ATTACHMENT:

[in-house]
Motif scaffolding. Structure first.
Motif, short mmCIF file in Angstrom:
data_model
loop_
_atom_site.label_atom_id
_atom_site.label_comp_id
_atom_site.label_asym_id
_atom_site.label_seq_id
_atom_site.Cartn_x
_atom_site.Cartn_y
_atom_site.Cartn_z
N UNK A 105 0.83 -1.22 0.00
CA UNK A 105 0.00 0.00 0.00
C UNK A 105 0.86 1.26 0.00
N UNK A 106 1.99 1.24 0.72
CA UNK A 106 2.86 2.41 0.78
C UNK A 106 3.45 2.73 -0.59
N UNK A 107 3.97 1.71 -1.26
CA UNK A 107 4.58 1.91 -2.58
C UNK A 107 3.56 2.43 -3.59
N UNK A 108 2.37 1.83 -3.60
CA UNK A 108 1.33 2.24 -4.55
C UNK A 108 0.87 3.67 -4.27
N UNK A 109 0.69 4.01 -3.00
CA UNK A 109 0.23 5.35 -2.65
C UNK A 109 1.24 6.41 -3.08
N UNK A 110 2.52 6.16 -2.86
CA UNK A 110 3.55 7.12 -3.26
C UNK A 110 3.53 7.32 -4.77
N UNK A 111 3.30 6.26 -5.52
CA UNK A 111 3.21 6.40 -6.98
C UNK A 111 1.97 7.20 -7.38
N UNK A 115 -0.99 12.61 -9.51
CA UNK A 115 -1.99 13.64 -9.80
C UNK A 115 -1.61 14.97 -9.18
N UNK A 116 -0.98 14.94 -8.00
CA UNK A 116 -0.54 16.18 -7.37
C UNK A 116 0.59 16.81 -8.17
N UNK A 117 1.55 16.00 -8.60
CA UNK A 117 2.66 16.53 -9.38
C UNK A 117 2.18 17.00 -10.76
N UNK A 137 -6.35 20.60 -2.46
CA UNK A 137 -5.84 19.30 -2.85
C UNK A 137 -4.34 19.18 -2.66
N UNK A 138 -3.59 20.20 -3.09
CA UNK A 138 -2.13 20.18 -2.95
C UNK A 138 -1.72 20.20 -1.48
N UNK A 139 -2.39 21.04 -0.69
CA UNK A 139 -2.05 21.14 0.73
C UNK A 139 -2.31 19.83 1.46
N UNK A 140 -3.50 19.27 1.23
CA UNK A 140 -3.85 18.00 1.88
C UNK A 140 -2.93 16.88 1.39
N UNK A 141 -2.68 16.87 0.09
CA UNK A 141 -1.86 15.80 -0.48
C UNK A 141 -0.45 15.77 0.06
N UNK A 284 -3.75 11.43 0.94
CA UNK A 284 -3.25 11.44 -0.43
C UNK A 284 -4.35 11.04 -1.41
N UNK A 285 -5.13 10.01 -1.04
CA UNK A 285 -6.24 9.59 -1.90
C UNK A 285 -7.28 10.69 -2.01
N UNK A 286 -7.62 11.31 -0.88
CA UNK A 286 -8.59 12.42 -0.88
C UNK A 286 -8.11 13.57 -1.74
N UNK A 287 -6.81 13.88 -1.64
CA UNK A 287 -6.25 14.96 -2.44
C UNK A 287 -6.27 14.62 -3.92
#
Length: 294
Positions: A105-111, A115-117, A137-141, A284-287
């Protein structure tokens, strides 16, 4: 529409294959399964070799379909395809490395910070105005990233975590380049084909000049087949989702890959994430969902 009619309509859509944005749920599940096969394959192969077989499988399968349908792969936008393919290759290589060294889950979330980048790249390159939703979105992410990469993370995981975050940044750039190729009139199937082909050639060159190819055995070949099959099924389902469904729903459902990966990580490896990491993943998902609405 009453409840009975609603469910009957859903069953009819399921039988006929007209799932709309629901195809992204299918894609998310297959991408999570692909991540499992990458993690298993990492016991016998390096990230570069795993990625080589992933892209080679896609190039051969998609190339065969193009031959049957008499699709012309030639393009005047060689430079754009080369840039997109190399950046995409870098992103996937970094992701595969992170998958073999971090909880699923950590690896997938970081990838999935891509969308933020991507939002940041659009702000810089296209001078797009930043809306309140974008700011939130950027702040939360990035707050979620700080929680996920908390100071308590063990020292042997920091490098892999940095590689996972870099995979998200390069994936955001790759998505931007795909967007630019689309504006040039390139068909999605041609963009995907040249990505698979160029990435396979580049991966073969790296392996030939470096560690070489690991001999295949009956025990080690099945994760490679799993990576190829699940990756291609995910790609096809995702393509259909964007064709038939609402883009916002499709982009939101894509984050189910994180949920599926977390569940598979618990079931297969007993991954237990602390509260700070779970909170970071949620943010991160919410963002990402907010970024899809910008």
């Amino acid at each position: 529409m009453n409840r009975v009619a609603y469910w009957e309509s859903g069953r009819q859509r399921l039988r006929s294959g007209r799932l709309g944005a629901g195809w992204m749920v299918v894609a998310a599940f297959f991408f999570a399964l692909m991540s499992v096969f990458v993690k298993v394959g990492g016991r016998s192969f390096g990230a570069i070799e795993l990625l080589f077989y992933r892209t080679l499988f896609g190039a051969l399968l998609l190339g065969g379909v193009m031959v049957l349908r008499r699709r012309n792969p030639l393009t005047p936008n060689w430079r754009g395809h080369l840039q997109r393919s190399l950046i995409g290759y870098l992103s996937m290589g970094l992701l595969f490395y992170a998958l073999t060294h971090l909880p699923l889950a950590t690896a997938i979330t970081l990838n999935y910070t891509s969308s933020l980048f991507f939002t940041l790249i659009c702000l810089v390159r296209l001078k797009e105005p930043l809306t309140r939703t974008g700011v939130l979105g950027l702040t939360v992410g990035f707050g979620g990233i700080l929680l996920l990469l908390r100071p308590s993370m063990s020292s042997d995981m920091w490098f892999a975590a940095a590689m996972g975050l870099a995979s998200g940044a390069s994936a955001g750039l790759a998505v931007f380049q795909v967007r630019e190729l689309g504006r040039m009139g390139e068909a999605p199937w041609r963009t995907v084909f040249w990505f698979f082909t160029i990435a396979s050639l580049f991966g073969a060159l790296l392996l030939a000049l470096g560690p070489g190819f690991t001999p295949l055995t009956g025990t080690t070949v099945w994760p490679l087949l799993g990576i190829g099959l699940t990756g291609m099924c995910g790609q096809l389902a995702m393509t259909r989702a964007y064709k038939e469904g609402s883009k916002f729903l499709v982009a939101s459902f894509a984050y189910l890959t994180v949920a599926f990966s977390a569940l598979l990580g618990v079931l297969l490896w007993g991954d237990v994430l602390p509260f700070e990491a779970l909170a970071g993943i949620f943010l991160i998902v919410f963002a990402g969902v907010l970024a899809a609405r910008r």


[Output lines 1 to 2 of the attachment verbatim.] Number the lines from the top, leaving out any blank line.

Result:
[in-house]
Motif scaffolding. Structure first.